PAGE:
There on the snowy step stood a young boy, hardly dressed for winter. He was no one we recognized from the neighborhood or our school or anywhere. He looked up at my father and innocently asked him if he would like to buy some candy. At midnight? In the snow? With no car or car tracks up our street? My father checked out the area around him to see if someone else – an escaped murderer might lurking in the dark. No one was there.

My father asked him what was he doing out so late? Selling candy, he said. None of this made any sense. My father told him it was dangerous to be outside in the snow and right now, he added trying not to totally alarm the young boy still holding his box of candy. He told him to go home.

The young boy turned and left before my father could invite him inside, or call his parents. He simply disappeared in the blinding snow. With bat in hand, my father searched for him for a short while until he was too cold to stay outside any longer. There was no trace of footsteps or the boy.

He finally closed the door behind him and entered the warm house again. He could not answer any of our questions about the boy- or where he went or about his safety. Maybe his parents parked down the street and couldn’t drive up the hill near our house because of the snow. Maybe the whistling wind quickly blew snow to cover his footsteps. My father realized when he opened the front door to the boy, it wasn’t truly locked at all. He quickly locked it, checked the lock and returned to his bedroom with bat beside him.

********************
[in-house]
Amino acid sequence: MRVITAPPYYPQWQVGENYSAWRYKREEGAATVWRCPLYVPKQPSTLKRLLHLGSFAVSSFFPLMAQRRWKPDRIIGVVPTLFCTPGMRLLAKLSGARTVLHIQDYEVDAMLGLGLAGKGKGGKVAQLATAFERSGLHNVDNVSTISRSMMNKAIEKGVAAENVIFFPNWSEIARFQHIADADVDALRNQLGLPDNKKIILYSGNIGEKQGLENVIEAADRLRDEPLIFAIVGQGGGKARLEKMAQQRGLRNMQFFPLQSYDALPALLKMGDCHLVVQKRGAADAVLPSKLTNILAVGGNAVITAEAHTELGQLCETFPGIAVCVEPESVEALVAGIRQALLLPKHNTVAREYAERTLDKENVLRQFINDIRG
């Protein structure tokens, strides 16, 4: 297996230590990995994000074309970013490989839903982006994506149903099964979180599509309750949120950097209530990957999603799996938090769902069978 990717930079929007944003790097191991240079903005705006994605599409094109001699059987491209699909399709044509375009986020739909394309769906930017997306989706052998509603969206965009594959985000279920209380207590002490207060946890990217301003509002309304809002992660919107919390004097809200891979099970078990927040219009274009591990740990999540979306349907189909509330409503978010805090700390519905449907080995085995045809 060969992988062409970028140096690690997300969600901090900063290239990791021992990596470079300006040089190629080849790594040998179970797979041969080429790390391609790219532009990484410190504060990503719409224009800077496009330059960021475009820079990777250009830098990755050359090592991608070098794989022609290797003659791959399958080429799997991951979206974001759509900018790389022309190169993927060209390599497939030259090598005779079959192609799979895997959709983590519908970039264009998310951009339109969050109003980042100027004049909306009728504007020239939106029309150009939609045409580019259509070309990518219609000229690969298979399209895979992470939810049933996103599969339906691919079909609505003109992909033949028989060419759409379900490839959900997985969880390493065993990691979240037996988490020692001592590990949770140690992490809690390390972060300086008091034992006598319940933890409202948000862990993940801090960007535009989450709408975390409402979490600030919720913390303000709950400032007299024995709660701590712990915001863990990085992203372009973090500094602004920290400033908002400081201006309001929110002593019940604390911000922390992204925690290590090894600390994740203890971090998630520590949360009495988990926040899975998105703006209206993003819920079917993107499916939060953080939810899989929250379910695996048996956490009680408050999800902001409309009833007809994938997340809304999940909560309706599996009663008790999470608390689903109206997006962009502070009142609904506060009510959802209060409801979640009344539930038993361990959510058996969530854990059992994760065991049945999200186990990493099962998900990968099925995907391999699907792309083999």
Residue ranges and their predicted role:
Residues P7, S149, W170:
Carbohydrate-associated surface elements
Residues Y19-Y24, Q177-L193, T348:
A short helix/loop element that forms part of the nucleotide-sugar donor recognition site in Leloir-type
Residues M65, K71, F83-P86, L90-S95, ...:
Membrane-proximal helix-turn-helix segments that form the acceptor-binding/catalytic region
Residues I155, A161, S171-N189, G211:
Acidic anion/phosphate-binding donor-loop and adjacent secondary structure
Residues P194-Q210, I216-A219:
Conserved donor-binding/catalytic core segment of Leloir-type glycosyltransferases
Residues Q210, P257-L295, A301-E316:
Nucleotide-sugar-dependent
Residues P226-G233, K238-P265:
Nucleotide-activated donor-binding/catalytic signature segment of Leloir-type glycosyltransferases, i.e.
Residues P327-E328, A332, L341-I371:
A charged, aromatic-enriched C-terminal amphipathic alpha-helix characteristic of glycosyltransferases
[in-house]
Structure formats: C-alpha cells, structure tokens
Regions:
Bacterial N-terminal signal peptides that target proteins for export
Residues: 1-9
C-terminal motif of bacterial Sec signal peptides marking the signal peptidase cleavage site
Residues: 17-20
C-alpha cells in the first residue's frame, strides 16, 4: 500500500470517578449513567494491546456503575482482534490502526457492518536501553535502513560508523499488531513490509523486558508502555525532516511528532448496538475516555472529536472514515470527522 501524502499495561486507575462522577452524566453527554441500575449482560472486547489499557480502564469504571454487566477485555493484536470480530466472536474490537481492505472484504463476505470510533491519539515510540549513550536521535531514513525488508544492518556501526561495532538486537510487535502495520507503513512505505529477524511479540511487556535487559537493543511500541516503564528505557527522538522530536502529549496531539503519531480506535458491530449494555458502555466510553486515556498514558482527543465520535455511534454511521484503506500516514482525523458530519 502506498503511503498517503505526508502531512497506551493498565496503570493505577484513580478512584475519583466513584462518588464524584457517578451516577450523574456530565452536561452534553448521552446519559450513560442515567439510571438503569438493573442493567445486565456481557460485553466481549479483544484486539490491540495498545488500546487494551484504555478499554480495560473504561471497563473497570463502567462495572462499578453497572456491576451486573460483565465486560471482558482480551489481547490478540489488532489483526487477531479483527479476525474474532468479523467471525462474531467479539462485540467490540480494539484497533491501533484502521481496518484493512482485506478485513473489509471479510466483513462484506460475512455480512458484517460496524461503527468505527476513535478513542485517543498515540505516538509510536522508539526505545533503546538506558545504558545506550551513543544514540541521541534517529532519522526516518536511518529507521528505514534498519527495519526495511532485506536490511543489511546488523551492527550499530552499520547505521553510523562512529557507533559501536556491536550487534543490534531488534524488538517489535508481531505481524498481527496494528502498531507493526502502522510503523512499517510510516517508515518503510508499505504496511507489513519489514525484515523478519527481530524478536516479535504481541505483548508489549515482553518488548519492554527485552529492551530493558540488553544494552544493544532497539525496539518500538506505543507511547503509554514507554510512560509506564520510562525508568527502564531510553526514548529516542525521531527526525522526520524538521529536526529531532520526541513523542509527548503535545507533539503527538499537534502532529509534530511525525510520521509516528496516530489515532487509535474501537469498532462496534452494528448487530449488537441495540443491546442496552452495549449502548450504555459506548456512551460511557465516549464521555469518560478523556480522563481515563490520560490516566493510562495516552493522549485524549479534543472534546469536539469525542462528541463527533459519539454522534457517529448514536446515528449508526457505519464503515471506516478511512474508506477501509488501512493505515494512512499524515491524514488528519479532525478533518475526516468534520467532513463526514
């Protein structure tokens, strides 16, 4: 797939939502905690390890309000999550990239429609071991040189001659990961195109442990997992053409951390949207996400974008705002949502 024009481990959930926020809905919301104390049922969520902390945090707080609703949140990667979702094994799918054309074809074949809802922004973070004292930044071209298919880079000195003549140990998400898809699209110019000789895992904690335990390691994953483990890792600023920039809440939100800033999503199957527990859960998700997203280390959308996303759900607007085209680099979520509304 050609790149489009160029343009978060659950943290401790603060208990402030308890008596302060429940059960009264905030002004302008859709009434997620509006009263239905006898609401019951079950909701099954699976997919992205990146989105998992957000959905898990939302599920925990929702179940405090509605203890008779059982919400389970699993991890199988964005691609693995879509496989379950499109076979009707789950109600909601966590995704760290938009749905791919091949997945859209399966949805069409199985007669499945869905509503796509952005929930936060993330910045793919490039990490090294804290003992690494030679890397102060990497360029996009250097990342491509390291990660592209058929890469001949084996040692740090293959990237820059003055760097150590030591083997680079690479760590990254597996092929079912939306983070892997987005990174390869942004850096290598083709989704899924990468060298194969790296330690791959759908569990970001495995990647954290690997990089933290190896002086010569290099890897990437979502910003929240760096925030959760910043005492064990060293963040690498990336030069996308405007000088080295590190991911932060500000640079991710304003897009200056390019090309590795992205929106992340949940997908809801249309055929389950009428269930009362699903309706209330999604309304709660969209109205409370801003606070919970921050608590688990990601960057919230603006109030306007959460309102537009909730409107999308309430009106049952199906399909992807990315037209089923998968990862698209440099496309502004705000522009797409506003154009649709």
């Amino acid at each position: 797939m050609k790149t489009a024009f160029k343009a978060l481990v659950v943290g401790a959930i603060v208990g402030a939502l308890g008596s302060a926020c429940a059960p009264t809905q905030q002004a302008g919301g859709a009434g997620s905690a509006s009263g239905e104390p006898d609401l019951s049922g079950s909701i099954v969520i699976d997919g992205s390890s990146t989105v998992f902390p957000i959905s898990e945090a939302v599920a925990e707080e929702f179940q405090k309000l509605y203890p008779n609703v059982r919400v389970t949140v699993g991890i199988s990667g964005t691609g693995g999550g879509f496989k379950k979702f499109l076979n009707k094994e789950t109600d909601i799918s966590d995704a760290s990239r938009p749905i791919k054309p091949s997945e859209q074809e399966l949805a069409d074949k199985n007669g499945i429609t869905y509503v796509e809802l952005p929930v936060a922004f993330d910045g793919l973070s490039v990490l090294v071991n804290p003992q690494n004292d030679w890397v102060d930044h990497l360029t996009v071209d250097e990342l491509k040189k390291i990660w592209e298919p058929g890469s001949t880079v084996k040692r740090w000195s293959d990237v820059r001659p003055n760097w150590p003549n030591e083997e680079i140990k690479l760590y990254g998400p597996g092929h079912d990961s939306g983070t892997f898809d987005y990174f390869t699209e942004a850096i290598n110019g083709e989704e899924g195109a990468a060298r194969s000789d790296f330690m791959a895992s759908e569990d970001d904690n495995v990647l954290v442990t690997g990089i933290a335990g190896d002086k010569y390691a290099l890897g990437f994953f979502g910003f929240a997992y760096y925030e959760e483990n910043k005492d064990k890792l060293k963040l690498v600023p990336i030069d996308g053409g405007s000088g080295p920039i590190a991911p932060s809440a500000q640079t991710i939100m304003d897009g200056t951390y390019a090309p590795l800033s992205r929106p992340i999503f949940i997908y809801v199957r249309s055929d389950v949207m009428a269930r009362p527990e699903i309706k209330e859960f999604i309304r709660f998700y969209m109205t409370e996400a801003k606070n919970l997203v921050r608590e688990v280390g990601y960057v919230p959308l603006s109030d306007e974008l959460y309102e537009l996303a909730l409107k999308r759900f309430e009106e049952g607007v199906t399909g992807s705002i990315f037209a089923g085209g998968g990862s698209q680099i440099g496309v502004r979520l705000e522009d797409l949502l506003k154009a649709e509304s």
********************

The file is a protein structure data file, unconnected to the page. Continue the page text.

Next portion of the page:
Was the boy real … Or maybe just a visible reminder to us to lock our door against danger. The murderer was apprehended the next morning.





Since it is the end of summer… alas, I thought I’d tell this story….

I’ve been on boats and love the water, but never experienced sailing. When offered to go for a sail on a friend’s sailboat, I jumped at the chance. However, our first mate wasn’t the best sailor around.

I quickly settled  onto his little sailboat, eager to learn how to sail. Once the motor took us down river, he turned it off and we waited as I watched him adjust the sails to catch the wind. We waited and waited while we watched other sailboats doing figure eights and sailing on  winds up and down the waterway.

Behind us, there loomed an old anchored huge steel barge. Were we drifting closer? I tried to trust my sailor and ignore the barge. Are you sure we’re not drifting closer? Trust me, he reminded. Hmmm. I am psychic.

It was growing dark and other boats were disappearing down river. Finally my trusted sailor announced that if we didn’t get back to the marina in the next half hour, it would close and we wouldn’t be able to get to our car to leave.

The dark? The sailor? The river? The looming barge? No other way home?

He tried to start the motor. It wouldn’t start. The shadow of the barge seemed to grow closer and larger . He tried the motor again. It sounded like a bad lawnmower rather than our ticket home. There was gas. It was smoking. We weren’t moving,  Only drifting closer to  that huge steel barge.

He was sweating.  His arm was hurting. He kept trying and trying. The engine was really smoking now, but not turning over. In desperation he finally turned to me and said,